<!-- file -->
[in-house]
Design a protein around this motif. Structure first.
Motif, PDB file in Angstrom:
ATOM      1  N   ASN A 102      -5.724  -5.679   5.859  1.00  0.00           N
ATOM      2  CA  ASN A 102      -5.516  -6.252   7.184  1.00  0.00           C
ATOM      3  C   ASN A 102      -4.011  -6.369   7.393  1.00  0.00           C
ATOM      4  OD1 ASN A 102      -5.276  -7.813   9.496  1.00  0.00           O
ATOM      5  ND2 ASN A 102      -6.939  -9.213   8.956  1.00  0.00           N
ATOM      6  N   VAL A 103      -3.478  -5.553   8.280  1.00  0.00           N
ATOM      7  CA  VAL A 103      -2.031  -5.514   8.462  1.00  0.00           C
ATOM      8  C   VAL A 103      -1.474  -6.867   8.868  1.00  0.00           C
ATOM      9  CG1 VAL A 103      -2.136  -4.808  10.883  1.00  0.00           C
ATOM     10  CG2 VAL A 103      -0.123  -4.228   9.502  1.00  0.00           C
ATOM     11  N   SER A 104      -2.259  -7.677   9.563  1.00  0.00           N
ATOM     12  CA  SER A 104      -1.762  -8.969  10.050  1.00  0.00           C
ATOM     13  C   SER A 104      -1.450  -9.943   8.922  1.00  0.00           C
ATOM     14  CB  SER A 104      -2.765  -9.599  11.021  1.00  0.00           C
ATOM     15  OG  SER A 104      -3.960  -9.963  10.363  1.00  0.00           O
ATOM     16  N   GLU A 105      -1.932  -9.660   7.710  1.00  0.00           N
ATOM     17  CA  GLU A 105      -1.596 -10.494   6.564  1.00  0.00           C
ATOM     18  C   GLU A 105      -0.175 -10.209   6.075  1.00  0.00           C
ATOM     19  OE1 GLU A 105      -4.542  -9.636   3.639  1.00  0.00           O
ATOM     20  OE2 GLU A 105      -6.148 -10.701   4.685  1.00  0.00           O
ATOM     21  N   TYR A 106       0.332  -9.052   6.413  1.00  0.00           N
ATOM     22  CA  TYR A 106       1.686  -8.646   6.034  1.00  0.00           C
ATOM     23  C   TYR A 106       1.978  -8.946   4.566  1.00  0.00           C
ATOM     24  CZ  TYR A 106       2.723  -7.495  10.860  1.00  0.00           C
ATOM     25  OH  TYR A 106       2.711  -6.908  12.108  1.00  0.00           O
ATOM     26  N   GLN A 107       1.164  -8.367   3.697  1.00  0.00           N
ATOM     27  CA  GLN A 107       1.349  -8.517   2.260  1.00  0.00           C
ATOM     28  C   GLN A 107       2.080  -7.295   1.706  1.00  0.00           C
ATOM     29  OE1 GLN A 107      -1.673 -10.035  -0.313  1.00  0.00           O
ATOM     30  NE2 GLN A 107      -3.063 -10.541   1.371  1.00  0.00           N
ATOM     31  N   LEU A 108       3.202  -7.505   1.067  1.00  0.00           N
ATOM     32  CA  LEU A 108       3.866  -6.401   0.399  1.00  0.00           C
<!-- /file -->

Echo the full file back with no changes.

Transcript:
[in-house]
Design a protein around this motif. Structure first.
Motif, PDB file in Angstrom:
ATOM      1  N   ASN A 102      -5.724  -5.679   5.859  1.00  0.00           N
ATOM      2  CA  ASN A 102      -5.516  -6.252   7.184  1.00  0.00           C
ATOM      3  C   ASN A 102      -4.011  -6.369   7.393  1.00  0.00           C
ATOM      4  OD1 ASN A 102      -5.276  -7.813   9.496  1.00  0.00           O
ATOM      5  ND2 ASN A 102      -6.939  -9.213   8.956  1.00  0.00           N
ATOM      6  N   VAL A 103      -3.478  -5.553   8.280  1.00  0.00           N
ATOM      7  CA  VAL A 103      -2.031  -5.514   8.462  1.00  0.00           C
ATOM      8  C   VAL A 103      -1.474  -6.867   8.868  1.00  0.00           C
ATOM      9  CG1 VAL A 103      -2.136  -4.808  10.883  1.00  0.00           C
ATOM     10  CG2 VAL A 103      -0.123  -4.228   9.502  1.00  0.00           C
ATOM     11  N   SER A 104      -2.259  -7.677   9.563  1.00  0.00           N
ATOM     12  CA  SER A 104      -1.762  -8.969  10.050  1.00  0.00           C
ATOM     13  C   SER A 104      -1.450  -9.943   8.922  1.00  0.00           C
ATOM     14  CB  SER A 104      -2.765  -9.599  11.021  1.00  0.00           C
ATOM     15  OG  SER A 104      -3.960  -9.963  10.363  1.00  0.00           O
ATOM     16  N   GLU A 105      -1.932  -9.660   7.710  1.00  0.00           N
ATOM     17  CA  GLU A 105      -1.596 -10.494   6.564  1.00  0.00           C
ATOM     18  C   GLU A 105      -0.175 -10.209   6.075  1.00  0.00           C
ATOM     19  OE1 GLU A 105      -4.542  -9.636   3.639  1.00  0.00           O
ATOM     20  OE2 GLU A 105      -6.148 -10.701   4.685  1.00  0.00           O
ATOM     21  N   TYR A 106       0.332  -9.052   6.413  1.00  0.00           N
ATOM     22  CA  TYR A 106       1.686  -8.646   6.034  1.00  0.00           C
ATOM     23  C   TYR A 106       1.978  -8.946   4.566  1.00  0.00           C
ATOM     24  CZ  TYR A 106       2.723  -7.495  10.860  1.00  0.00           C
ATOM     25  OH  TYR A 106       2.711  -6.908  12.108  1.00  0.00           O
ATOM     26  N   GLN A 107       1.164  -8.367   3.697  1.00  0.00           N
ATOM     27  CA  GLN A 107       1.349  -8.517   2.260  1.00  0.00           C
ATOM     28  C   GLN A 107       2.080  -7.295   1.706  1.00  0.00           C
ATOM     29  OE1 GLN A 107      -1.673 -10.035  -0.313  1.00  0.00           O
ATOM     30  NE2 GLN A 107      -3.063 -10.541   1.371  1.00  0.00           N
ATOM     31  N   LEU A 108       3.202  -7.505   1.067  1.00  0.00           N
ATOM     32  CA  LEU A 108       3.866  -6.401   0.399  1.00  0.00           C